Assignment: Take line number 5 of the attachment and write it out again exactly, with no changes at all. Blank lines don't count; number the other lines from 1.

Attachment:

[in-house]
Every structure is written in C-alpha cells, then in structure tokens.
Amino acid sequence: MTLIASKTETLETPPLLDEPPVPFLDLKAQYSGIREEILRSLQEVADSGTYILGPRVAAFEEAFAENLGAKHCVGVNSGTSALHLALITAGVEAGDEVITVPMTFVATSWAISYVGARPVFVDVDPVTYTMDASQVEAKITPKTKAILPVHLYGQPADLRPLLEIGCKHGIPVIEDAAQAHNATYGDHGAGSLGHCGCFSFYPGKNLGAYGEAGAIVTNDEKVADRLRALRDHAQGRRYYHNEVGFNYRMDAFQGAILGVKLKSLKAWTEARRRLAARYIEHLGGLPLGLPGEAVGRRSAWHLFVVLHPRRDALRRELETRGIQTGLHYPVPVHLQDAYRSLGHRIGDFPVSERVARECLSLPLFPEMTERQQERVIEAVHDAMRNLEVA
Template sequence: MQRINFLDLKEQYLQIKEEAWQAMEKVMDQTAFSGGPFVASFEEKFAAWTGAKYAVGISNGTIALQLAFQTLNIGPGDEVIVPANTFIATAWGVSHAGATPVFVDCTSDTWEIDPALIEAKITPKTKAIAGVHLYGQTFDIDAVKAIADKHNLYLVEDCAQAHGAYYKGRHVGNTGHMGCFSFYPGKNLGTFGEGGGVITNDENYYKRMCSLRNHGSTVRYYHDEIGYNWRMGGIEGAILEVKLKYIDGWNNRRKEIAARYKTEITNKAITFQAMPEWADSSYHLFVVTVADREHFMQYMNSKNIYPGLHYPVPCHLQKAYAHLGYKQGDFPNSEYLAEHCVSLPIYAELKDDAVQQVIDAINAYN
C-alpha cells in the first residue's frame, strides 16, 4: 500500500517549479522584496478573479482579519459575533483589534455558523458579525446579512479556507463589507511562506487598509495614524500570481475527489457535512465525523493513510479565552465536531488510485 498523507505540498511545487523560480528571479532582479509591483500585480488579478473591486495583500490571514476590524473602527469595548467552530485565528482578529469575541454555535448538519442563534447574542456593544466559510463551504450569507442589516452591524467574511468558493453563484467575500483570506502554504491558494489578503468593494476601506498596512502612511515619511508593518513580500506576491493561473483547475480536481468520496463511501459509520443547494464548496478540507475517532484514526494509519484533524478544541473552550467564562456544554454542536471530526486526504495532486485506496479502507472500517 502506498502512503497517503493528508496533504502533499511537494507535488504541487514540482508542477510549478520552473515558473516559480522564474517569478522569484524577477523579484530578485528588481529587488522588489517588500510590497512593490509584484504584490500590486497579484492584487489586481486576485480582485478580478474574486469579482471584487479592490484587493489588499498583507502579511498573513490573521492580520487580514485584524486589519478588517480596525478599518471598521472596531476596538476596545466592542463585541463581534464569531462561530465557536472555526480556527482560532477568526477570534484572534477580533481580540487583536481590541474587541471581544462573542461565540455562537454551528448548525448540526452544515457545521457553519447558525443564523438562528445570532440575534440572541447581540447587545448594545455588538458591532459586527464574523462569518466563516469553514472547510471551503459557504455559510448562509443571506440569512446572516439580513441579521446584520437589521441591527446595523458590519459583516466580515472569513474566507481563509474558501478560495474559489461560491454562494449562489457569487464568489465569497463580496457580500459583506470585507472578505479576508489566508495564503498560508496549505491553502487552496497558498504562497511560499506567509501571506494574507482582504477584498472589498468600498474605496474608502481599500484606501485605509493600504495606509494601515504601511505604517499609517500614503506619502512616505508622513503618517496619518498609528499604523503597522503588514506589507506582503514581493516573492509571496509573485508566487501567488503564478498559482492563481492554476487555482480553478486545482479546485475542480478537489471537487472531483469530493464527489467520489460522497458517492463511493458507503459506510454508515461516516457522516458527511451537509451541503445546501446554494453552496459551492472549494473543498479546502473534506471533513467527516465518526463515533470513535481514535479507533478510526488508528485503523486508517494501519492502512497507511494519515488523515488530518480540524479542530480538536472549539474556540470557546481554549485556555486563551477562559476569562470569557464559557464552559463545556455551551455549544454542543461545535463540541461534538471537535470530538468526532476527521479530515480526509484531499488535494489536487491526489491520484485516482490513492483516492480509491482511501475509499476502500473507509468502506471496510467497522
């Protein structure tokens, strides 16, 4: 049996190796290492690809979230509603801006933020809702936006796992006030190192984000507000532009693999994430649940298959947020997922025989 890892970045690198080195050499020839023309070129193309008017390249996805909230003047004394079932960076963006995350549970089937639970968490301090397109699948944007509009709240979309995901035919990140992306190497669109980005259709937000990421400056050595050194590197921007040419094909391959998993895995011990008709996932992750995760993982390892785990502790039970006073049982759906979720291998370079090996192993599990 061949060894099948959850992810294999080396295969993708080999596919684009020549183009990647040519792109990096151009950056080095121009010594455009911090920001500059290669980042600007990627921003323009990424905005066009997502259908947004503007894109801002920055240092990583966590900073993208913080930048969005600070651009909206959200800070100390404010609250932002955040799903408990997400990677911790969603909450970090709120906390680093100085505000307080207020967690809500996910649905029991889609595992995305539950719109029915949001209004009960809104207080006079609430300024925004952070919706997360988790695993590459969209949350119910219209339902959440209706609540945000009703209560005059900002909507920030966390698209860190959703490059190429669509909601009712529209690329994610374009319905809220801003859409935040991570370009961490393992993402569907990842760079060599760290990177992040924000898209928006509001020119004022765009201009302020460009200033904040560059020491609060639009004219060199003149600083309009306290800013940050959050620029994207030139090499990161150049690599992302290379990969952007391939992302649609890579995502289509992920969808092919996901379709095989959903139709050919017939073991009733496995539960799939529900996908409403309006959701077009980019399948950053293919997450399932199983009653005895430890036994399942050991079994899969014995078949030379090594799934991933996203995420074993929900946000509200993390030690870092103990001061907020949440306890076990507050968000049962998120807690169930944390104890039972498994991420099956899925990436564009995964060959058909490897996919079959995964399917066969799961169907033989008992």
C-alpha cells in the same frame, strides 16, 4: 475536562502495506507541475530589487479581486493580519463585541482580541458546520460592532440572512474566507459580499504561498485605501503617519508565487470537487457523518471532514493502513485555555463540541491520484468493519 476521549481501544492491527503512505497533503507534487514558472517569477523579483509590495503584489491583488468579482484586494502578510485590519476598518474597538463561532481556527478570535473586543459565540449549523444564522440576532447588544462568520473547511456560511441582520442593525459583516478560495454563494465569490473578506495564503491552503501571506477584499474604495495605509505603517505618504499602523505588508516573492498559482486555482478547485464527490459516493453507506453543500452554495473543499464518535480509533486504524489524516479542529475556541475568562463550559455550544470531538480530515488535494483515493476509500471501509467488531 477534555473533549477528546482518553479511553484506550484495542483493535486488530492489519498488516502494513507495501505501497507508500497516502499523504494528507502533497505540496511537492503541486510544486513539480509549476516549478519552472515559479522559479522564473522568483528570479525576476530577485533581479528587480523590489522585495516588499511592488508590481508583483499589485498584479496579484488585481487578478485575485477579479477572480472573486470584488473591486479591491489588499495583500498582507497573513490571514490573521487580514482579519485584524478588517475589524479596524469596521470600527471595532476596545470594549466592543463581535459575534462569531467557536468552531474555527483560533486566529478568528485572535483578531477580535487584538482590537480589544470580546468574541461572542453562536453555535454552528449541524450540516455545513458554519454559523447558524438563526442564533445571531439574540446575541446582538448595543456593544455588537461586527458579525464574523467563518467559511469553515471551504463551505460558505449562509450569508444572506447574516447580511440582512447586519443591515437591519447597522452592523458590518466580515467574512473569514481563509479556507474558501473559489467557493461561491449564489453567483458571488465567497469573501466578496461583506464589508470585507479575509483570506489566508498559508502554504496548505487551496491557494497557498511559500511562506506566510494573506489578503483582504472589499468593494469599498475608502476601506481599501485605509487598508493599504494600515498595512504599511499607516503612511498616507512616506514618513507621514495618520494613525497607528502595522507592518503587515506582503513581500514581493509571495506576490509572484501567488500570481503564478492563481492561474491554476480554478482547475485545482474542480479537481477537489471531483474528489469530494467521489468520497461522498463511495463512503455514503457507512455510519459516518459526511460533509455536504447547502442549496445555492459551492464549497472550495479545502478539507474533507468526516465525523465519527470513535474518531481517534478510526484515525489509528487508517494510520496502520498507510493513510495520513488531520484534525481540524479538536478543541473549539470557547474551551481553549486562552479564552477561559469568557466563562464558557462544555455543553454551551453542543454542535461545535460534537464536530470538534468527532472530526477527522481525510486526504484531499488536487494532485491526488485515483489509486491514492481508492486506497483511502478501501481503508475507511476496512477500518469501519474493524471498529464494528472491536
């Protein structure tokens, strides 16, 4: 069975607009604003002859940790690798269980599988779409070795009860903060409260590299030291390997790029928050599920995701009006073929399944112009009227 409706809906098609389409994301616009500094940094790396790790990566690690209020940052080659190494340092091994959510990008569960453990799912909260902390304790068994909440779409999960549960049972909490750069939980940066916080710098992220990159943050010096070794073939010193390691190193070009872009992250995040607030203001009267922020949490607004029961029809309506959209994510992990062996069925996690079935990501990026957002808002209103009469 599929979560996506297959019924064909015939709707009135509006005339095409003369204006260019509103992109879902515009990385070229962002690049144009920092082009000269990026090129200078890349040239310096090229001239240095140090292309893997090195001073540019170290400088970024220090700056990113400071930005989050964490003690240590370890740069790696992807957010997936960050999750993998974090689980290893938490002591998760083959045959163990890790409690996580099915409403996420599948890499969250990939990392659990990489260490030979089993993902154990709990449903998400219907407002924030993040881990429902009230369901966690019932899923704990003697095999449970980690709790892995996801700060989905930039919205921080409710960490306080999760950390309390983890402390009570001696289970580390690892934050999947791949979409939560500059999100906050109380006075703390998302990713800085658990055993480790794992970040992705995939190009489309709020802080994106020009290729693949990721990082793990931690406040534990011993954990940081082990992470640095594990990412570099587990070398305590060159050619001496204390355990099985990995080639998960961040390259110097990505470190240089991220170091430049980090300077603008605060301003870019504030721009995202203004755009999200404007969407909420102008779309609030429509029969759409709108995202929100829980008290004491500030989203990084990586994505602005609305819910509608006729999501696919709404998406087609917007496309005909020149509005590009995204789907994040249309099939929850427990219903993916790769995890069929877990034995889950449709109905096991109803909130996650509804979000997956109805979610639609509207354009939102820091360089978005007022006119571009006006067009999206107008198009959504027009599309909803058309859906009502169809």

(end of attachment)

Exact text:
C-alpha cells in the first residue's frame, strides 16, 4: 500500500517549479522584496478573479482579519459575533483589534455558523458579525446579512479556507463589507511562506487598509495614524500570481475527489457535512465525523493513510479565552465536531488510485 498523507505540498511545487523560480528571479532582479509591483500585480488579478473591486495583500490571514476590524473602527469595548467552530485565528482578529469575541454555535448538519442563534447574542456593544466559510463551504450569507442589516452591524467574511468558493453563484467575500483570506502554504491558494489578503468593494476601506498596512502612511515619511508593518513580500506576491493561473483547475480536481468520496463511501459509520443547494464548496478540507475517532484514526494509519484533524478544541473552550467564562456544554454542536471530526486526504495532486485506496479502507472500517 502506498502512503497517503493528508496533504502533499511537494507535488504541487514540482508542477510549478520552473515558473516559480522564474517569478522569484524577477523579484530578485528588481529587488522588489517588500510590497512593490509584484504584490500590486497579484492584487489586481486576485480582485478580478474574486469579482471584487479592490484587493489588499498583507502579511498573513490573521492580520487580514485584524486589519478588517480596525478599518471598521472596531476596538476596545466592542463585541463581534464569531462561530465557536472555526480556527482560532477568526477570534484572534477580533481580540487583536481590541474587541471581544462573542461565540455562537454551528448548525448540526452544515457545521457553519447558525443564523438562528445570532440575534440572541447581540447587545448594545455588538458591532459586527464574523462569518466563516469553514472547510471551503459557504455559510448562509443571506440569512446572516439580513441579521446584520437589521441591527446595523458590519459583516466580515472569513474566507481563509474558501478560495474559489461560491454562494449562489457569487464568489465569497463580496457580500459583506470585507472578505479576508489566508495564503498560508496549505491553502487552496497558498504562497511560499506567509501571506494574507482582504477584498472589498468600498474605496474608502481599500484606501485605509493600504495606509494601515504601511505604517499609517500614503506619502512616505508622513503618517496619518498609528499604523503597522503588514506589507506582503514581493516573492509571496509573485508566487501567488503564478498559482492563481492554476487555482480553478486545482479546485475542480478537489471537487472531483469530493464527489467520489460522497458517492463511493458507503459506510454508515461516516457522516458527511451537509451541503445546501446554494453552496459551492472549494473543498479546502473534506471533513467527516465518526463515533470513535481514535479507533478510526488508528485503523486508517494501519492502512497507511494519515488523515488530518480540524479542530480538536472549539474556540470557546481554549485556555486563551477562559476569562470569557464559557464552559463545556455551551455549544454542543461545535463540541461534538471537535470530538468526532476527521479530515480526509484531499488535494489536487491526489491520484485516482490513492483516492480509491482511501475509499476502500473507509468502506471496510467497522